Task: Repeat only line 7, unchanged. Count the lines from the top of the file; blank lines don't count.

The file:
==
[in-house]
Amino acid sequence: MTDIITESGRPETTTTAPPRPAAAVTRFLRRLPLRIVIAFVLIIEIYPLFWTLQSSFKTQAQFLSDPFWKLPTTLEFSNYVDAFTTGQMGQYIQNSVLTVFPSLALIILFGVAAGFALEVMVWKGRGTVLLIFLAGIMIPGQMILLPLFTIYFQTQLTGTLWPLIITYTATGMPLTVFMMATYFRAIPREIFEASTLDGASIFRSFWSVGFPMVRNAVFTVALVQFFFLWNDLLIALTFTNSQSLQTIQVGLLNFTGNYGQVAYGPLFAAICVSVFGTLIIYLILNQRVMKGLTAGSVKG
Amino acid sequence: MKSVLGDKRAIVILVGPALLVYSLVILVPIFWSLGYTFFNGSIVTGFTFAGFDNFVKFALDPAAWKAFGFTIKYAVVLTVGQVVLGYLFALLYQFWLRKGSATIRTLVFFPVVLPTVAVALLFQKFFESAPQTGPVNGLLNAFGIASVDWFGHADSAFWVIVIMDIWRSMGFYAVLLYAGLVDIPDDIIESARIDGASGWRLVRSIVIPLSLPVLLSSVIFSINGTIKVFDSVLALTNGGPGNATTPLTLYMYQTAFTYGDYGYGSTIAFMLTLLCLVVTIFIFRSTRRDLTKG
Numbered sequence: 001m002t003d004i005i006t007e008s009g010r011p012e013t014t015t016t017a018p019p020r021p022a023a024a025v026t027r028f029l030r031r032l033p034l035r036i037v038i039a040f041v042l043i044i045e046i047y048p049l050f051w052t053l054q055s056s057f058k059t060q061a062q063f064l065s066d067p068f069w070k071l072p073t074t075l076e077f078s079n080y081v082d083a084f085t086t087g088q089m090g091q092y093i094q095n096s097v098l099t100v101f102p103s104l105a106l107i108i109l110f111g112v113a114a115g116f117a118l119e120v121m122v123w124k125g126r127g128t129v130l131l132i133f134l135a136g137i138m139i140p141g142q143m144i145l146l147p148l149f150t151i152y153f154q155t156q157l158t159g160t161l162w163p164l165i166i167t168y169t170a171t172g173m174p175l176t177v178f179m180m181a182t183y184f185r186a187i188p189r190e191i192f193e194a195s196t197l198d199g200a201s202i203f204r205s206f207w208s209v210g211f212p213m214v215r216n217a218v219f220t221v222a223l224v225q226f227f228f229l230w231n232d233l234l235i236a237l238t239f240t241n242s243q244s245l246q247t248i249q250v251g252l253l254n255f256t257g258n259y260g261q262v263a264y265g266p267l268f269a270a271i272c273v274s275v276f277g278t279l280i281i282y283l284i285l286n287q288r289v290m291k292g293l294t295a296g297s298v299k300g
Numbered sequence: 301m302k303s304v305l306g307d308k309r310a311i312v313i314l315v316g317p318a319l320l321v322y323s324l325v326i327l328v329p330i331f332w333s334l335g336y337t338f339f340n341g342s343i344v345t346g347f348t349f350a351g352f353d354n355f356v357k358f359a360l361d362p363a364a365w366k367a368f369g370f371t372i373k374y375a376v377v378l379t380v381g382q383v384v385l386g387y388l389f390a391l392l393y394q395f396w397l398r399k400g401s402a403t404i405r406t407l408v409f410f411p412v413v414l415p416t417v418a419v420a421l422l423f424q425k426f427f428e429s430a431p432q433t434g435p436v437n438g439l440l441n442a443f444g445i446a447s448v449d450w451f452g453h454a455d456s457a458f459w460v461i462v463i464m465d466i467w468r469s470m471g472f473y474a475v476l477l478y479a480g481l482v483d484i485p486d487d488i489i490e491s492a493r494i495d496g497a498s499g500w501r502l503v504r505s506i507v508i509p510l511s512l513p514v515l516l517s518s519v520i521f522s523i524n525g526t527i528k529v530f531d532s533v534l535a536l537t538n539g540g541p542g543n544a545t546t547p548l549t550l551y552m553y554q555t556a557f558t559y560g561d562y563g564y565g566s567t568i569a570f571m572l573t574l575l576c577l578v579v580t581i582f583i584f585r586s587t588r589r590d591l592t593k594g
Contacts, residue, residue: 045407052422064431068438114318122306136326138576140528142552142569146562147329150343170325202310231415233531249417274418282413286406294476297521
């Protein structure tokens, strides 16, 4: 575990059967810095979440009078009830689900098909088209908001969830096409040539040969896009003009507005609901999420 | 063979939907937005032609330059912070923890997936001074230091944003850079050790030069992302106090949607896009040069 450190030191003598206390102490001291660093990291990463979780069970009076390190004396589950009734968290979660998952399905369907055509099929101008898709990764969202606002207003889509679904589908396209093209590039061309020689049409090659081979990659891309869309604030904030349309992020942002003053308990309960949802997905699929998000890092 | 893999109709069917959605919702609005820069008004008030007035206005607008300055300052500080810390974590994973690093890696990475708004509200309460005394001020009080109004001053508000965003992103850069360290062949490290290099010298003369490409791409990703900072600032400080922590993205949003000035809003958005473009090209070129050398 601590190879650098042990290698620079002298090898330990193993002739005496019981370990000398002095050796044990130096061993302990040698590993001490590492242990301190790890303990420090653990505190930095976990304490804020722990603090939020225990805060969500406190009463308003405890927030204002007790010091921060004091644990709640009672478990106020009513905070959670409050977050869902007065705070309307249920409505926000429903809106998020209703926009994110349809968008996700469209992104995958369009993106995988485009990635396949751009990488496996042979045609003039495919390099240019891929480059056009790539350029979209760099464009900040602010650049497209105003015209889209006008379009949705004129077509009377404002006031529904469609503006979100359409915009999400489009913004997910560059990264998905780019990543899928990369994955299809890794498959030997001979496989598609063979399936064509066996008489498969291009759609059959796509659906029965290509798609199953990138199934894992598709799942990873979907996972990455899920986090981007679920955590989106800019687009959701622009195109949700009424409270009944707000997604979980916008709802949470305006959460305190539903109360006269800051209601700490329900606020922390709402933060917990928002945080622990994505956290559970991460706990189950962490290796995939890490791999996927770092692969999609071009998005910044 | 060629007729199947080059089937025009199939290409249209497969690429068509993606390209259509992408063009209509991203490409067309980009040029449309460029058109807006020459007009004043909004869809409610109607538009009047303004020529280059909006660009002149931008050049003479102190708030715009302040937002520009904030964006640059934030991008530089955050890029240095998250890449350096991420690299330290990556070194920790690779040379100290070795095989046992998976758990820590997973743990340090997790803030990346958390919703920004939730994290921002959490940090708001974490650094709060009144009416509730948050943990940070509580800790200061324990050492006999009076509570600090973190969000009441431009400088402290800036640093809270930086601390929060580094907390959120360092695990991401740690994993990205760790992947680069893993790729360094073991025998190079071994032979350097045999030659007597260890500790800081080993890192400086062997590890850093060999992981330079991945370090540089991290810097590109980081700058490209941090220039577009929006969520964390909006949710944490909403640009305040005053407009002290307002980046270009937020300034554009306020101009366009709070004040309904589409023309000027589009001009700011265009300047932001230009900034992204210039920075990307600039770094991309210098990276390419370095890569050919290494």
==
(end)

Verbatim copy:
């Protein structure tokens, strides 16, 4: 575990059967810095979440009078009830689900098909088209908001969830096409040539040969896009003009507005609901999420 | 063979939907937005032609330059912070923890997936001074230091944003850079050790030069992302106090949607896009040069 450190030191003598206390102490001291660093990291990463979780069970009076390190004396589950009734968290979660998952399905369907055509099929101008898709990764969202606002207003889509679904589908396209093209590039061309020689049409090659081979990659891309869309604030904030349309992020942002003053308990309960949802997905699929998000890092 | 893999109709069917959605919702609005820069008004008030007035206005607008300055300052500080810390974590994973690093890696990475708004509200309460005394001020009080109004001053508000965003992103850069360290062949490290290099010298003369490409791409990703900072600032400080922590993205949003000035809003958005473009090209070129050398 601590190879650098042990290698620079002298090898330990193993002739005496019981370990000398002095050796044990130096061993302990040698590993001490590492242990301190790890303990420090653990505190930095976990304490804020722990603090939020225990805060969500406190009463308003405890927030204002007790010091921060004091644990709640009672478990106020009513905070959670409050977050869902007065705070309307249920409505926000429903809106998020209703926009994110349809968008996700469209992104995958369009993106995988485009990635396949751009990488496996042979045609003039495919390099240019891929480059056009790539350029979209760099464009900040602010650049497209105003015209889209006008379009949705004129077509009377404002006031529904469609503006979100359409915009999400489009913004997910560059990264998905780019990543899928990369994955299809890794498959030997001979496989598609063979399936064509066996008489498969291009759609059959796509659906029965290509798609199953990138199934894992598709799942990873979907996972990455899920986090981007679920955590989106800019687009959701622009195109949700009424409270009944707000997604979980916008709802949470305006959460305190539903109360006269800051209601700490329900606020922390709402933060917990928002945080622990994505956290559970991460706990189950962490290796995939890490791999996927770092692969999609071009998005910044 | 060629007729199947080059089937025009199939290409249209497969690429068509993606390209259509992408063009209509991203490409067309980009040029449309460029058109807006020459007009004043909004869809409610109607538009009047303004020529280059909006660009002149931008050049003479102190708030715009302040937002520009904030964006640059934030991008530089955050890029240095998250890449350096991420690299330290990556070194920790690779040379100290070795095989046992998976758990820590997973743990340090997790803030990346958390919703920004939730994290921002959490940090708001974490650094709060009144009416509730948050943990940070509580800790200061324990050492006999009076509570600090973190969000009441431009400088402290800036640093809270930086601390929060580094907390959120360092695990991401740690994993990205760790992947680069893993790729360094073991025998190079071994032979350097045999030659007597260890500790800081080993890192400086062997590890850093060999992981330079991945370090540089991290810097590109980081700058490209941090220039577009929006969520964390909006949710944490909403640009305040005053407009002290307002980046270009937020300034554009306020101009366009709070004040309904589409023309000027589009001009700011265009300047932001230009900034992204210039920075990307600039770094991309210098990276390419370095890569050919290494």